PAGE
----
The rest of the interior offers a divide between hardcore street car and track car—something the Hawaiian-bred builder is all too familiar with. A Sparco Evo fixed back seat is joined by a Sprint passenger bucket, both draped with Takata harnesses, while the driver gets an OMP WRC steering wheel pushed closer to his face courtesy of @checkerdsports billet, extended hub and a shift knob now sits much higher thanks to a Fastline stalk. No digital dash or extensive electronic lightshow, as much like Denman's grassroots style of the past, an analog feel is all but mandatory.
Other than the Omni Power factory replacement tach, the rest of the dash and console are OEM Honda and the original carpet is still in place. Left and right, the door panels are long gone as is any sign of factory plastics behind the abrupt end of the factory molded carpet. In the rear rests the fuel cell mounted within the spare tire well just below a shock tower bar, all surrounded by fresh Mocha paint. And, about that paint...
Homebuilt CRX from Top to Bottom
As mentioned earlier, the color choice stems from his original CRX build, which at that time featured a battleship grey interior. This time around the neutral hue made its way to every square inch of the chassis, but without the help of a body shop. He adds, "I've never had any professional body and paint training before. I picked up any skills from experience helping out my uncle and friends. There was always someone's car that needed work."
Denman converted his small garage into a makeshift paint booth, but with such limited space, was forced to spray one side and let it dry, then turn the car around in order to allow enough room to spray the other side. A time-consuming process with an incredible result that, if you weren't told beforehand, would have you assuming a full-time body shop took care of the color change. Mugen door caps and one-layer side skirts combined with a cut Wings West rear bumper make up the majority of the aero updates while up front, a JDM conversion was completed with a FEEL's front bumper that his friend Steve Kwan helped source through the JDM conduit known as @icbmatt.
An ode to the original build, black, 15-inch wheels were used once again but this time around Work Meister S1, courtesy of his friend Shaun, are on duty up front. Though they were in rough condition when they arrived from Hawaii, Denman turned to Cooper of @cscustomizing for a thorough restoration and that same muted black feel on the original Spoon wheels carries over to the S1s with fresh powedercoat. Lightweight RPF1s in the same 15x7 sizing, trail in the rear. Upon delivering the wheels, Cooper volunteered to lend a hand in building a custom engine harness to help fire the exact B20 VTEC engine built way back in 2003, though it was freshened up since it hadn't been fired since its last few track passes in 2006. 12:1 compression Wiseco pistons and Eagle rods are in place with an ITR head stuffed with JUN valve springs, retainers, stage III cams and adjustable cam gears. 440cc injectors backed by a 255lph fuel pump and regulated by a Radium FPR take cues from a Hondata S300 that results in over 220hp and 153lbs.ft of torque tasked with pulling around a featherlight chassis.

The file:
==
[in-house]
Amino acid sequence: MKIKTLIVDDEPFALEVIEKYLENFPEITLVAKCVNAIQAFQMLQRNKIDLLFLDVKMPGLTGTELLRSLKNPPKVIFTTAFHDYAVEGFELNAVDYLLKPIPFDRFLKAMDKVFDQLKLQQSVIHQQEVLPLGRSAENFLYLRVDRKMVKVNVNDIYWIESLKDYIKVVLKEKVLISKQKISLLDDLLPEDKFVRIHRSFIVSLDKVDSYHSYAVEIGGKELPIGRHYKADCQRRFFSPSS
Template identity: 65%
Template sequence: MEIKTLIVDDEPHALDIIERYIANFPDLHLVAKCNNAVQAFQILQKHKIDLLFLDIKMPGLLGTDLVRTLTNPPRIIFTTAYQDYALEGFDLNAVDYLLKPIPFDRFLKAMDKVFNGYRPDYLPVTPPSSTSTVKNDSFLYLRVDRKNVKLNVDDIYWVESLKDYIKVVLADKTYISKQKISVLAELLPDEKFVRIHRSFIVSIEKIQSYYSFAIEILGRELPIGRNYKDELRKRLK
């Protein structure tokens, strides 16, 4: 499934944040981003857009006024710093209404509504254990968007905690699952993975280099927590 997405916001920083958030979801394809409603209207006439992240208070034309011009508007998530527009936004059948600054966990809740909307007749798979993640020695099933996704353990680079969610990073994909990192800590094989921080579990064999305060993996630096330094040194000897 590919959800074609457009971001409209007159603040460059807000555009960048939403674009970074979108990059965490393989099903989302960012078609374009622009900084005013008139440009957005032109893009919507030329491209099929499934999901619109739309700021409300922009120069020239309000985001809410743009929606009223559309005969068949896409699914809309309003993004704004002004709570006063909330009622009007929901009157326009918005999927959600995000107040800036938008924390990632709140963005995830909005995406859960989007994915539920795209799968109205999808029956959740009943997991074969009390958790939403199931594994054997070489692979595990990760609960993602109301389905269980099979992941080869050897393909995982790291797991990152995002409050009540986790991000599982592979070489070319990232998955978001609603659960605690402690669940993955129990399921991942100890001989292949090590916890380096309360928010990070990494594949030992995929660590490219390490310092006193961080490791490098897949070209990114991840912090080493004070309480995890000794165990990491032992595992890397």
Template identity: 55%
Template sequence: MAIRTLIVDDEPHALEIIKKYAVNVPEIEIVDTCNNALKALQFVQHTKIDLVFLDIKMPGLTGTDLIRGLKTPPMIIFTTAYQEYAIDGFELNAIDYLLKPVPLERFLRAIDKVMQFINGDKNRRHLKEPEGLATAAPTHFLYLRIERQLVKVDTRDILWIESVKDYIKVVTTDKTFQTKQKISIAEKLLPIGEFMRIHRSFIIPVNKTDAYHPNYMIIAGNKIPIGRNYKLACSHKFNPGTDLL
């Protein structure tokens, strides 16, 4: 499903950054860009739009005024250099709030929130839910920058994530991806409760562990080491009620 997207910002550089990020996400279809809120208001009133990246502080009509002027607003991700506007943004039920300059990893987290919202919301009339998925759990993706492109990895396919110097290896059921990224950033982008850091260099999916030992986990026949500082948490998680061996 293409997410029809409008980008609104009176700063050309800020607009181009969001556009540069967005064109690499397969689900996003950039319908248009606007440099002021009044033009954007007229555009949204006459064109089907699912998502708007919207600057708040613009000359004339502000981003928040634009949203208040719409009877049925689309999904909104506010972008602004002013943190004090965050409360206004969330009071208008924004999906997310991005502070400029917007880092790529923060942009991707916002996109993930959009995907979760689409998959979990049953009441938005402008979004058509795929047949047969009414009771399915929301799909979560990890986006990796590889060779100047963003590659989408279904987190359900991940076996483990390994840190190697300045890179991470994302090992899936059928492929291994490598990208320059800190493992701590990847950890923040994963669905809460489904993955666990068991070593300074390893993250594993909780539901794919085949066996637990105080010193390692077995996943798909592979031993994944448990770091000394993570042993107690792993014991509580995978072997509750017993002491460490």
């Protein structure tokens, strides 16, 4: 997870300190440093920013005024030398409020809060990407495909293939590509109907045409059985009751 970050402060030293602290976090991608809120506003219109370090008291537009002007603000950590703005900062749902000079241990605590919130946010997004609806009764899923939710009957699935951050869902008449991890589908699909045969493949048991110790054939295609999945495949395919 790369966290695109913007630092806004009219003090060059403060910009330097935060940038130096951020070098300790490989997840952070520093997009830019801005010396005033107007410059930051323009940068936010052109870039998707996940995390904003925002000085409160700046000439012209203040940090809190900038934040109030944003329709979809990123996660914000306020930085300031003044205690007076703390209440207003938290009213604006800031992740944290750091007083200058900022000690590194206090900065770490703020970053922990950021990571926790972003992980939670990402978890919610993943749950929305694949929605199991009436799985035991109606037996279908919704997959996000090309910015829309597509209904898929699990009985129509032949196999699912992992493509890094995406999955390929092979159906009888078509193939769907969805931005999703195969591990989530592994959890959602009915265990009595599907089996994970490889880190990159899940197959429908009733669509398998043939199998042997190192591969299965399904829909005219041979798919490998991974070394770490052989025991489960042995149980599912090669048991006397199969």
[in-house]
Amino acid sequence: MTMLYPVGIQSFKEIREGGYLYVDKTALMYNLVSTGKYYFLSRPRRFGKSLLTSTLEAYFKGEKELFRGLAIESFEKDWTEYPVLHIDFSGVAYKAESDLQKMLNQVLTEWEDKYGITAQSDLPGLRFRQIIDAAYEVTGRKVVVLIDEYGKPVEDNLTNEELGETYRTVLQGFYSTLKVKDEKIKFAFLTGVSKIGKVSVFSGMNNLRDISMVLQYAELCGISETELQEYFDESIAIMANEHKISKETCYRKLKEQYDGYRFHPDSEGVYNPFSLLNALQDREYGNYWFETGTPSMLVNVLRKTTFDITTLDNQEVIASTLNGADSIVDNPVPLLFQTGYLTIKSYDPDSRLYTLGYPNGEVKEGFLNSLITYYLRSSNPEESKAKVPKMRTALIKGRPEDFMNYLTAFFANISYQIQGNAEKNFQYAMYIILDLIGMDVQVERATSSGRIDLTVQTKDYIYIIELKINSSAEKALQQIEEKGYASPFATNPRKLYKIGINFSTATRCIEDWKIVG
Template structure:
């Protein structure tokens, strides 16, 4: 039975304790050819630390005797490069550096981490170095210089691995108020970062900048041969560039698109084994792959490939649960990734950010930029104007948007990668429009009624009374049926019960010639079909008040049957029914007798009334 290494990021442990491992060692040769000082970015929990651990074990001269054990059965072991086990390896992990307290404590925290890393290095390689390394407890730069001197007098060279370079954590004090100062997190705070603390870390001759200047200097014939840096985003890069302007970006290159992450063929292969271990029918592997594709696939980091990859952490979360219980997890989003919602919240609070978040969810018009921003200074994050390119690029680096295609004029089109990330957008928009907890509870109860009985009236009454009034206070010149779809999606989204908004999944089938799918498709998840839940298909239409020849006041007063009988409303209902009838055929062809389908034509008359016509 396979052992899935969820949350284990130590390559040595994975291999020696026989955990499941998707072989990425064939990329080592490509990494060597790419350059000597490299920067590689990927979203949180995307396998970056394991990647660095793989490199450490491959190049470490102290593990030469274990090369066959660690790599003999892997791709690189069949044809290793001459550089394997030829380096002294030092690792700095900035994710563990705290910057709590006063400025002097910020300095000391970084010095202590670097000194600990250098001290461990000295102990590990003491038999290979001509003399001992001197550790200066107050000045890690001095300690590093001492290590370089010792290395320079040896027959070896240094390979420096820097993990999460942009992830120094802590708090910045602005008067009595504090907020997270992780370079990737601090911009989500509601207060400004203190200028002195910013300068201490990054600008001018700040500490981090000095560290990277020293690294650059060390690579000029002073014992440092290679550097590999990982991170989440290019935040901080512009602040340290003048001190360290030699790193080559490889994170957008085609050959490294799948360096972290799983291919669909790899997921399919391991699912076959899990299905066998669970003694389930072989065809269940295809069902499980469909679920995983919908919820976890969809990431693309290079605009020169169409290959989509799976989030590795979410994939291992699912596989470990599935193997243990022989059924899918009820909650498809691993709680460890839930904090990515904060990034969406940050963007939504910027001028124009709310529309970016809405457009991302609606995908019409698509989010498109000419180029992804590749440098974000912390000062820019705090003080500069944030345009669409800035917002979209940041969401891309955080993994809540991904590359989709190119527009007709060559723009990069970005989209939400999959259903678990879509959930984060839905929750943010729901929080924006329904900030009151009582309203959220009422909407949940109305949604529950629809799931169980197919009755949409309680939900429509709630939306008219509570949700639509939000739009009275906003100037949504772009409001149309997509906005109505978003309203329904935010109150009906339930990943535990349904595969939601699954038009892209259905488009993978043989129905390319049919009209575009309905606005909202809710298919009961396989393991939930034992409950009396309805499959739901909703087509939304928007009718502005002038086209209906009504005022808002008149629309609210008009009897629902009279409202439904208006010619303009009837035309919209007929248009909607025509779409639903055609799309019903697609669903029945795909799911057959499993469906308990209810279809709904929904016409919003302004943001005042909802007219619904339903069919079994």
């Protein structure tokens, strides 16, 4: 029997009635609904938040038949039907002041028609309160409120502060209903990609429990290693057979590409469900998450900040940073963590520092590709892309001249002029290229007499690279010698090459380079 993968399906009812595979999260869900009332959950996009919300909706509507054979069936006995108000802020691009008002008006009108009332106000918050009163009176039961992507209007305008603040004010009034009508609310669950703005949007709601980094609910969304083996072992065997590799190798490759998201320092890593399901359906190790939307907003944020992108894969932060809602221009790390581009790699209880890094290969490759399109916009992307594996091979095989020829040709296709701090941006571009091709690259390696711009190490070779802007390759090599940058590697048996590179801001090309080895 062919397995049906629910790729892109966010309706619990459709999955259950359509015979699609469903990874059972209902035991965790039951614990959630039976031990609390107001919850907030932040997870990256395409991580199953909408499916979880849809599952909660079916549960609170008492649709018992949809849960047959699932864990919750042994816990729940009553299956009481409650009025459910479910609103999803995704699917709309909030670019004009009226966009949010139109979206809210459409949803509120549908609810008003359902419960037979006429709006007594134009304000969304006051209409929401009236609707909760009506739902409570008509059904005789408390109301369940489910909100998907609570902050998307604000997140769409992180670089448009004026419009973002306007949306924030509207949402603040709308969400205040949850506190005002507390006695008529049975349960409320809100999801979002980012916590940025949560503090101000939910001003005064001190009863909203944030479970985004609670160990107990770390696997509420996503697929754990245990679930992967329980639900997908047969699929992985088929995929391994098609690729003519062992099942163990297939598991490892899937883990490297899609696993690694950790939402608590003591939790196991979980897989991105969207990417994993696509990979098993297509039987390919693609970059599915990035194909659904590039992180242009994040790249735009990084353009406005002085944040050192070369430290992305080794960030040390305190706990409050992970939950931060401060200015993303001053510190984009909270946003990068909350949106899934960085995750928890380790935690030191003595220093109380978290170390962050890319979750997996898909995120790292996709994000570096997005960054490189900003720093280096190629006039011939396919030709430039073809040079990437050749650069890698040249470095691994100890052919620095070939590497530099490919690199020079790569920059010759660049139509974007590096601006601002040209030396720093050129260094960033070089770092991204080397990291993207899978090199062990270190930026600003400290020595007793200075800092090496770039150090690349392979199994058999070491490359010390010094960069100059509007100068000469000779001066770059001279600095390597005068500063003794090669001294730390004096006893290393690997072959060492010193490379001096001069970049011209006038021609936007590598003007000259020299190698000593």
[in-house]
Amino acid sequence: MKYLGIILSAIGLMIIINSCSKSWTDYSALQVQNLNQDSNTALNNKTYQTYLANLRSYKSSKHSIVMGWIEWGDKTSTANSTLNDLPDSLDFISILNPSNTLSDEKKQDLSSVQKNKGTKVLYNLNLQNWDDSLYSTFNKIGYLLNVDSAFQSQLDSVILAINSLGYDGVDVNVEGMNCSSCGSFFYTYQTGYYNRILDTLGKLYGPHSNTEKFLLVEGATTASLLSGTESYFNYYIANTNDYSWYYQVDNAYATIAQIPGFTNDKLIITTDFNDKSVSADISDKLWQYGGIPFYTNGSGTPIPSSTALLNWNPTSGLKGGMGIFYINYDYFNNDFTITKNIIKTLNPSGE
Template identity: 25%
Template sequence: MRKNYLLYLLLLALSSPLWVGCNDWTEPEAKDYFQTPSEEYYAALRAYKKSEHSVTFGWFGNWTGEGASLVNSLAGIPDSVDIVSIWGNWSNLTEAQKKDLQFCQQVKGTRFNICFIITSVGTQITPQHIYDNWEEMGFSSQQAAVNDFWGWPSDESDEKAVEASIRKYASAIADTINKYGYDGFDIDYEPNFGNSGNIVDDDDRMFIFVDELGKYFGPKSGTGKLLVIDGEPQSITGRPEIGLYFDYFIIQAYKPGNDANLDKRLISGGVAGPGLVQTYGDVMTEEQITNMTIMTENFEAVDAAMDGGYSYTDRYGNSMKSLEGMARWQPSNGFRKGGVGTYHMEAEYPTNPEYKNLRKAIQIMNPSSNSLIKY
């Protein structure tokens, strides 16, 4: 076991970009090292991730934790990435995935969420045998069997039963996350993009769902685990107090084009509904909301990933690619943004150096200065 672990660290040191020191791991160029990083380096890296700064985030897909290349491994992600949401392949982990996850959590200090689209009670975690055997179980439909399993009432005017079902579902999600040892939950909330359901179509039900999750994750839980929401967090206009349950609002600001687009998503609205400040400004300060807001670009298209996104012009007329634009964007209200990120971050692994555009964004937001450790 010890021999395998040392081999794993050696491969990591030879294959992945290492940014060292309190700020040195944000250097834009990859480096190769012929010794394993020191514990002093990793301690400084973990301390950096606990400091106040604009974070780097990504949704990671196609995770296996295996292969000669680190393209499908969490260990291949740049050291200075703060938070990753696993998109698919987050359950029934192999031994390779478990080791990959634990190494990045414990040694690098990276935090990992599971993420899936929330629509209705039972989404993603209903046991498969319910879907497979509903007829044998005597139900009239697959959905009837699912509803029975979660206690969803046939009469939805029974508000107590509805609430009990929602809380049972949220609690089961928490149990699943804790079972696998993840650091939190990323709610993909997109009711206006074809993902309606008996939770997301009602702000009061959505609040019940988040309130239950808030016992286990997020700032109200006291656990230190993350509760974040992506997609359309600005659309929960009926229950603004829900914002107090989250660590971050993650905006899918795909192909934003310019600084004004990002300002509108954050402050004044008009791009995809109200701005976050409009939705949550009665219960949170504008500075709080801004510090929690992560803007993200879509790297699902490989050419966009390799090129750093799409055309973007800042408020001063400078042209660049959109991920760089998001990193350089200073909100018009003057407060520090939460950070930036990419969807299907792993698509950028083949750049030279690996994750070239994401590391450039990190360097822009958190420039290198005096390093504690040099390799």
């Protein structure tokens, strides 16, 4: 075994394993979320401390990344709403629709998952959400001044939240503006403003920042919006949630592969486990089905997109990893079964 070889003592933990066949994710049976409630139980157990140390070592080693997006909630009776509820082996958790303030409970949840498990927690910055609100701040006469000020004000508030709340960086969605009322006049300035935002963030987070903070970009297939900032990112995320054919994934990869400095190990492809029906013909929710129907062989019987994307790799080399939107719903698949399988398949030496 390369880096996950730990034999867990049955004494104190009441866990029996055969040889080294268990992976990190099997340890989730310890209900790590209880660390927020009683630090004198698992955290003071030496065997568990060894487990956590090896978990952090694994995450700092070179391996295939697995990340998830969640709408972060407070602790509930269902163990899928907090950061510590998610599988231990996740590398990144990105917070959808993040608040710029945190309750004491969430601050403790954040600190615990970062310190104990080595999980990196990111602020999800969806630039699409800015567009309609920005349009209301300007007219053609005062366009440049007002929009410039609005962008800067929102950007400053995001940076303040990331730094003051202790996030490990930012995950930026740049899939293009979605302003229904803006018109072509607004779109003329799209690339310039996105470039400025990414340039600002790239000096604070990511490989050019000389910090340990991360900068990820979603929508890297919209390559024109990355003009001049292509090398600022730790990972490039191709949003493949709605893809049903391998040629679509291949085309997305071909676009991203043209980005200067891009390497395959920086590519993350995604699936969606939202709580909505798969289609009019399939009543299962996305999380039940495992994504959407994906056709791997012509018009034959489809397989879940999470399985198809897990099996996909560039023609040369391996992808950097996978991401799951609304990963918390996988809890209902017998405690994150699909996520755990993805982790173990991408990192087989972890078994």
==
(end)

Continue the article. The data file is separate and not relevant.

We see time and time again, stories of builders cutting away from the automotive world to focus on other life events and oftentimes make their way back to a project car. In many of those cases, it's a whole new look and feel, as they do their best to adapt to the current atmosphere and try to find that magic combination that once made itself known. For Denman, all that he knew and lived in those early 2000s with his close friends in Hawaii is oozing out of every homebuilt pore of this two-seater. That the style and detail applied to this CRX lends itself to being as much a standout now as it was almost 20 years ago isn't the story we're after. The fact that the builder's sole purpose in putting in countless hours in a one-car garage to finish what he started almost two decades ago, certainly is.
Mingle within the digital confines of the Honda crowd's social media world and you've undoubtedly seen August Cascade on a sticker or apparel piece. Wayne came up with the name—which, in actuality, is a brand—as a means to connect further with the community he jumped back into with this build. "It's something I decided to start when I began building the current CRX. I wanted something to coincide with the car and have involvement with the automotive culture. If I wasn't able to do something with the CRX event wise, etc., at least I would be connected to the scene through social media/internet." The name, which refers to both the month that he took the initial step toward establishing the brand, and the mountainous region which he calls home, features unique, simple designs that steer clear of trends, and you won't find exaggerated images or cartoonish efforts. Instead, the feel is exclusive and really intended for those in the know—its maturity very much in line with this veteran builder's style and outlook. augustcascade.com